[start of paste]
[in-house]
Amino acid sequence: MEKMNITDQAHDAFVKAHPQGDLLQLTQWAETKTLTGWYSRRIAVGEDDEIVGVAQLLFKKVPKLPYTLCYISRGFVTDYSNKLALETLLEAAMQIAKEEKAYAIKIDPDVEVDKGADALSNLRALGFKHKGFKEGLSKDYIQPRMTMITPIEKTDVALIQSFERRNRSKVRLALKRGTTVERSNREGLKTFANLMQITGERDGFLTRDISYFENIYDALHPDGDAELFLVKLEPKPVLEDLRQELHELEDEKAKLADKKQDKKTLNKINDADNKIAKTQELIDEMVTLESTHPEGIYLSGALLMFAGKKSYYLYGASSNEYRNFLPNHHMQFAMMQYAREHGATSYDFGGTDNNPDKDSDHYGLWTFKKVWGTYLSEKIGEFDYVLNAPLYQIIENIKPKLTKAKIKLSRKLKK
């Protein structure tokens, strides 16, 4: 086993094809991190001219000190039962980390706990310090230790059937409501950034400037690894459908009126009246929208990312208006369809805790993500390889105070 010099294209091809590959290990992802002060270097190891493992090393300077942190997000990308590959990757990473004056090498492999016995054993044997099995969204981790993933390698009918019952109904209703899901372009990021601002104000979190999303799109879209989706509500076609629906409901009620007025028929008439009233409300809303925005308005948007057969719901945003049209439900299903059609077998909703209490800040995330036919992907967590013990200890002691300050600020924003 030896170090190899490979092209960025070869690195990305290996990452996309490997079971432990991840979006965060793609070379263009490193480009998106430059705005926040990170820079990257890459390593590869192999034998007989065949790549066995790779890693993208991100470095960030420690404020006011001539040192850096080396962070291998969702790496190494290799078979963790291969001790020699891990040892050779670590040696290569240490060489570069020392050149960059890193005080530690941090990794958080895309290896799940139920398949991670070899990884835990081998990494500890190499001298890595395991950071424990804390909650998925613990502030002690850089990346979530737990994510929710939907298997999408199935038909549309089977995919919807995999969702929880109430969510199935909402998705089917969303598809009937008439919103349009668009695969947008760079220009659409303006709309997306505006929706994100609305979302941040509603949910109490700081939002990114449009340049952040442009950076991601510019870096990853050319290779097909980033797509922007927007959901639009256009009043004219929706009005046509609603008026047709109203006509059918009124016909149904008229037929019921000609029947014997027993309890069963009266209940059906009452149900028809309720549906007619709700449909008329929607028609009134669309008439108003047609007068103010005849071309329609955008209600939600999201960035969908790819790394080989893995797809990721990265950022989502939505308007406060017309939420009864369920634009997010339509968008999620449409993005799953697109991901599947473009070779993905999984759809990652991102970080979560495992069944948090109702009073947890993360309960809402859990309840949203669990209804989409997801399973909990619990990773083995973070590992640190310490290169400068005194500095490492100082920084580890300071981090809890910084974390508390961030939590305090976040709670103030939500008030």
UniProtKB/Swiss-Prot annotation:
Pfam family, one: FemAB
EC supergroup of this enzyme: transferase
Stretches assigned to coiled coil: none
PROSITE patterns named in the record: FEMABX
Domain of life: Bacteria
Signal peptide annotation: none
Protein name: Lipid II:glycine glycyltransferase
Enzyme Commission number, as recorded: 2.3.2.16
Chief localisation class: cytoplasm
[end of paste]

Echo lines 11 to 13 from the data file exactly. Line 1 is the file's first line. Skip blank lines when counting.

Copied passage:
Protein name: Lipid II:glycine glycyltransferase
Enzyme Commission number, as recorded: 2.3.2.16
Chief localisation class: cytoplasm